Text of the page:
Dec 202013
 
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New South Wales professor in US rolled back the key indicators of ageing to make two-year-old mice appear six months old

Australian and US researchers hope an anti-ageing compound could be trialled on humans as early as next year, following a key breakthrough that saw the ageing process reversed in mice.

The study, involving Harvard University and the University of NSW, discovered a way of restoring the efficiency of cells, completely reversing the ageing process in muscles.

Two-year-old mice were given a compound over a week, moving back the key indicators of ageing to that of a six-month-old mouse. Researchers said this was the equivalent of making a 60-year-old person feel like a 20-year-old.

It’s hoped the research, published in Cell, will be expanded to humans as early as next year, with scientists set to look at how the theory of age reversal can be used to treat diseases such as cancer, dementia and diabetes.

The research focused on an area of cells, called mitochondria, which produce energy. Over time, the communication between this area and the cell nucleus degrades, leading to the ageing process.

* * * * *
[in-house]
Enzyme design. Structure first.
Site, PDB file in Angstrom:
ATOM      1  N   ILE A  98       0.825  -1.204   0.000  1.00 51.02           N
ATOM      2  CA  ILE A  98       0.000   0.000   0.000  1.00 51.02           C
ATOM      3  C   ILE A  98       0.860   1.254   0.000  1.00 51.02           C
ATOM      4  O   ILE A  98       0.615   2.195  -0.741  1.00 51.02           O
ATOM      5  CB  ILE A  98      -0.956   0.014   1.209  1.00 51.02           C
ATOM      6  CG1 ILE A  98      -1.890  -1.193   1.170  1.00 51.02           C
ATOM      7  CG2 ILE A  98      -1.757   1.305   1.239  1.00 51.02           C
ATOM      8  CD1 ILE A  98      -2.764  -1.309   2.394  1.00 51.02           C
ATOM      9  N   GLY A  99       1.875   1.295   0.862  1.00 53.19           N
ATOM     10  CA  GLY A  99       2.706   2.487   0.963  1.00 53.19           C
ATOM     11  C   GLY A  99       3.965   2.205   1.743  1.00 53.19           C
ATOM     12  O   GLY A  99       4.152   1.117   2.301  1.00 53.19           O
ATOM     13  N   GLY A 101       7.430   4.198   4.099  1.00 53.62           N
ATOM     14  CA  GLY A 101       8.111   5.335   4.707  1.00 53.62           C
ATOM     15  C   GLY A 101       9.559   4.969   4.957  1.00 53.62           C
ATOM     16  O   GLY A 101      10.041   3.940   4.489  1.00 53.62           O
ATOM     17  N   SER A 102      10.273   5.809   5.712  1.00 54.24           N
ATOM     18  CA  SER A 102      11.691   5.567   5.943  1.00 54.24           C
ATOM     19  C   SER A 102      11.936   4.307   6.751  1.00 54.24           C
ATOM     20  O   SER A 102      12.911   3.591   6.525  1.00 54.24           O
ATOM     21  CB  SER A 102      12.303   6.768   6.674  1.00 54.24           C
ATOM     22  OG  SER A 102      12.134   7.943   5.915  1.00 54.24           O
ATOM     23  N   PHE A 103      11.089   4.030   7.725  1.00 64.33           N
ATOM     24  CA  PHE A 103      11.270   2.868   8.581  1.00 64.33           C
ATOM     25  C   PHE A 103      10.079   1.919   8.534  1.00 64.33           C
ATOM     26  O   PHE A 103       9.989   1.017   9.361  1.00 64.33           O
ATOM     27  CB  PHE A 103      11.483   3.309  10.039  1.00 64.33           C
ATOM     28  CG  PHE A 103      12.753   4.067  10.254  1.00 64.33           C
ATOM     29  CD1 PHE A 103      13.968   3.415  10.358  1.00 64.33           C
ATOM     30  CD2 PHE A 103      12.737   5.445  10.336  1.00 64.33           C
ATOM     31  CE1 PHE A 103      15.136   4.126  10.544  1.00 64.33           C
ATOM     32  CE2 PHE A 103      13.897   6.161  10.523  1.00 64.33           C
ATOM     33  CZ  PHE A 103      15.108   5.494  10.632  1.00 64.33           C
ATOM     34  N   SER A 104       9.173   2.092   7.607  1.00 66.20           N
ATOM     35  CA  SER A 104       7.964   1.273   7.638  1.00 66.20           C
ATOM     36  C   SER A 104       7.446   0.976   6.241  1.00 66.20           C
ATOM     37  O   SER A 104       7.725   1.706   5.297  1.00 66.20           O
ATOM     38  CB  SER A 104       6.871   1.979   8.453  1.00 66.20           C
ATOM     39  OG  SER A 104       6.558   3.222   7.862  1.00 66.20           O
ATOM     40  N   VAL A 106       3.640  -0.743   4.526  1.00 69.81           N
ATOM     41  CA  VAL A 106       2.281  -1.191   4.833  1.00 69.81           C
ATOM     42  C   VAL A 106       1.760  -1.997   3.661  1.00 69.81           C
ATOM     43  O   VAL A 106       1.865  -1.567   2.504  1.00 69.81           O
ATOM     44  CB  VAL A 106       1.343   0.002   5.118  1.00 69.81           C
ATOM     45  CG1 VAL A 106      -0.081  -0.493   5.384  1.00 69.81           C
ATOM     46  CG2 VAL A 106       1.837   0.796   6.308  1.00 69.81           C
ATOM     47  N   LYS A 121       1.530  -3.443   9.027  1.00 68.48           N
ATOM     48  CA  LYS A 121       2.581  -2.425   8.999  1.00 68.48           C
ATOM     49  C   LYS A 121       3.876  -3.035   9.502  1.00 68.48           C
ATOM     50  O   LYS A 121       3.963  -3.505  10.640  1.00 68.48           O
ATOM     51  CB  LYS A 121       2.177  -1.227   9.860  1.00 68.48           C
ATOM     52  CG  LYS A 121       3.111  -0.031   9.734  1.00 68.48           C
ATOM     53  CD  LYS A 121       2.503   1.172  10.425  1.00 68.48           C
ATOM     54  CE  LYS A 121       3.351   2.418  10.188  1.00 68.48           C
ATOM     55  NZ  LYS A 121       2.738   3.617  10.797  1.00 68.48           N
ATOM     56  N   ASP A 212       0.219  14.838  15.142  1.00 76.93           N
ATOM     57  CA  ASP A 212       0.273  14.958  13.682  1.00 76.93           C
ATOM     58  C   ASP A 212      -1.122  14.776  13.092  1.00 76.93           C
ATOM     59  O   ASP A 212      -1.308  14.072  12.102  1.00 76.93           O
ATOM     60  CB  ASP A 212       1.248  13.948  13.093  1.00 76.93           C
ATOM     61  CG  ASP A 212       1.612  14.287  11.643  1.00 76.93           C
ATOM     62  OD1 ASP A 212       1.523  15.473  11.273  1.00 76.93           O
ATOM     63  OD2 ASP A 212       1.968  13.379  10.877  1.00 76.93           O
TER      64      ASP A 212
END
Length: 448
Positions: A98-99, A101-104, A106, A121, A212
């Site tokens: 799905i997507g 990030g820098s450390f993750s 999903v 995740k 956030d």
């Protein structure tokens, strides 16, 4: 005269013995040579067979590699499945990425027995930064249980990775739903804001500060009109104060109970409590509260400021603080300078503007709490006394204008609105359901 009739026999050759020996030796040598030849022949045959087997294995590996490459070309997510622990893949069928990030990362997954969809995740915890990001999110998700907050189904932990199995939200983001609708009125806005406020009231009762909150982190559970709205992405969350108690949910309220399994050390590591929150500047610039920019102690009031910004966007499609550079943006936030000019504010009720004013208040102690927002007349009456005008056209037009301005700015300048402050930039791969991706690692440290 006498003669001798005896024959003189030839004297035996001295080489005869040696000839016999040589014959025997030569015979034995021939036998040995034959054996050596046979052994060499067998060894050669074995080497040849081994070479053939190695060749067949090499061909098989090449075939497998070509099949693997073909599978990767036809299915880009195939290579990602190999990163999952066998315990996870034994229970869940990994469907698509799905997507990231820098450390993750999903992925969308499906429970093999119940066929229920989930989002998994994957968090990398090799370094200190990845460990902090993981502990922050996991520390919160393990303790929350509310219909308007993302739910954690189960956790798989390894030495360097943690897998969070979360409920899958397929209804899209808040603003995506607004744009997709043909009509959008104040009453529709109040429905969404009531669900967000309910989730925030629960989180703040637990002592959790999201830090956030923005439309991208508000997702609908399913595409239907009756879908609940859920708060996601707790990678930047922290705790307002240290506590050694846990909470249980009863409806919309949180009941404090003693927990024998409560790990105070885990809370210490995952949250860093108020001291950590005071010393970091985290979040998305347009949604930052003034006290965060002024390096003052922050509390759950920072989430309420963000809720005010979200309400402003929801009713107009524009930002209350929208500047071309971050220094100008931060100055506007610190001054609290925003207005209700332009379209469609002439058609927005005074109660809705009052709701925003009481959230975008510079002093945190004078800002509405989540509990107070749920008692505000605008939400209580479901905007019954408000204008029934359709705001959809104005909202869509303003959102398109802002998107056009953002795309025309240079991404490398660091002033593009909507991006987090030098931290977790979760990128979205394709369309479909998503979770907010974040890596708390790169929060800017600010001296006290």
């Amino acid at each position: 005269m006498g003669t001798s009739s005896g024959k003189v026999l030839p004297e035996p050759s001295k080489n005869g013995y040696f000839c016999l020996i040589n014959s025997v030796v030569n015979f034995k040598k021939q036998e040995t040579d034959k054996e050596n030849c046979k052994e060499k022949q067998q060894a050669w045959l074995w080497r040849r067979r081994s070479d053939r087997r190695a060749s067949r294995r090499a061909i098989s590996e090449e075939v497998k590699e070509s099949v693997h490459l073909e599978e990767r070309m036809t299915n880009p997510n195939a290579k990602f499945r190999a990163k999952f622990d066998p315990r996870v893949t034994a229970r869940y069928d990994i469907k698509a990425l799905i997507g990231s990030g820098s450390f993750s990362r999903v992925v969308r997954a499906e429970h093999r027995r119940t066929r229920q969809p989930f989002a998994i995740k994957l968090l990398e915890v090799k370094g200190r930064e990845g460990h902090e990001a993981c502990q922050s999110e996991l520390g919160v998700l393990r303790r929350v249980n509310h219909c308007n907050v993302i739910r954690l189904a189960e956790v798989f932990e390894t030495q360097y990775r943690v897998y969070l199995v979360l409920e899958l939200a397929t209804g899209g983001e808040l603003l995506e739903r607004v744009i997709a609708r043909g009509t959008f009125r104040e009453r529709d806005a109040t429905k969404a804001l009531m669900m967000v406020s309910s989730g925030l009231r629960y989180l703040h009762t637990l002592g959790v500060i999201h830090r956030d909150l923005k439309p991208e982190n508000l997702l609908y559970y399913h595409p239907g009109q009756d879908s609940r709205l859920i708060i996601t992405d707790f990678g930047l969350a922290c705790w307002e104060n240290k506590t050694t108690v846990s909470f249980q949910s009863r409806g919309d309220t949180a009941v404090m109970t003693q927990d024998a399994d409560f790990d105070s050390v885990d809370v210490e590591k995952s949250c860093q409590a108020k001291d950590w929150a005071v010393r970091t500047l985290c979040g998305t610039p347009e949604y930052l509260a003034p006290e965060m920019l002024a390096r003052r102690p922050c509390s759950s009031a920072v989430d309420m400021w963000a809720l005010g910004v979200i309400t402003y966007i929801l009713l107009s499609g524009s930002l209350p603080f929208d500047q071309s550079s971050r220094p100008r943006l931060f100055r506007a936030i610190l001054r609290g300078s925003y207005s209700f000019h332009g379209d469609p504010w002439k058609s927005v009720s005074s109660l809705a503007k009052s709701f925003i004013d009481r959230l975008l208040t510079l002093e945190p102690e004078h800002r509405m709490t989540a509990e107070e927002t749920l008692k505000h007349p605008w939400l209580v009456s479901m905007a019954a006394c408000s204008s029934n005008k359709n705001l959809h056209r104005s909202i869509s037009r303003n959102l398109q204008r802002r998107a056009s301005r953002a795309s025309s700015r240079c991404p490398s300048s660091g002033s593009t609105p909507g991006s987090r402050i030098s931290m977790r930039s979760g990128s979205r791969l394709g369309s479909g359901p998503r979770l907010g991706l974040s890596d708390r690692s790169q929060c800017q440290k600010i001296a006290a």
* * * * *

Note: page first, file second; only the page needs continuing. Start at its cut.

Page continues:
Researchers injected a chemical called nicotinamide adenine dinucleotide, or NAD, which reduces in the body as we age. The addition of this compound led to the radical reversal in the ageing of the mice.

“The ageing process we discovered is like a married couple: when they are young, they communicate well, but over time, living in close quarters for many years, communication breaks down,” said the UNSW professor David Sinclair, who is based at Harvard Medical School. “And just like a couple, restoring communication solved the problem.”

Dr Nigel Turner, senior research fellow at UNSW and co-author of the study, told Guardian Australia the rate of age reversal in mice was “amazingly rapid”.

“We mapped the pathway to ageing carefully, but it was a real surprise to see the markers of ageing move back so quickly in just a week,” he said.

Turner said a “magic pill” that reverses ageing is several years away, partially due to the cost of the compound, which would be about $50,000 a day for a human.

Read more . . .

via The Guardian - 
 

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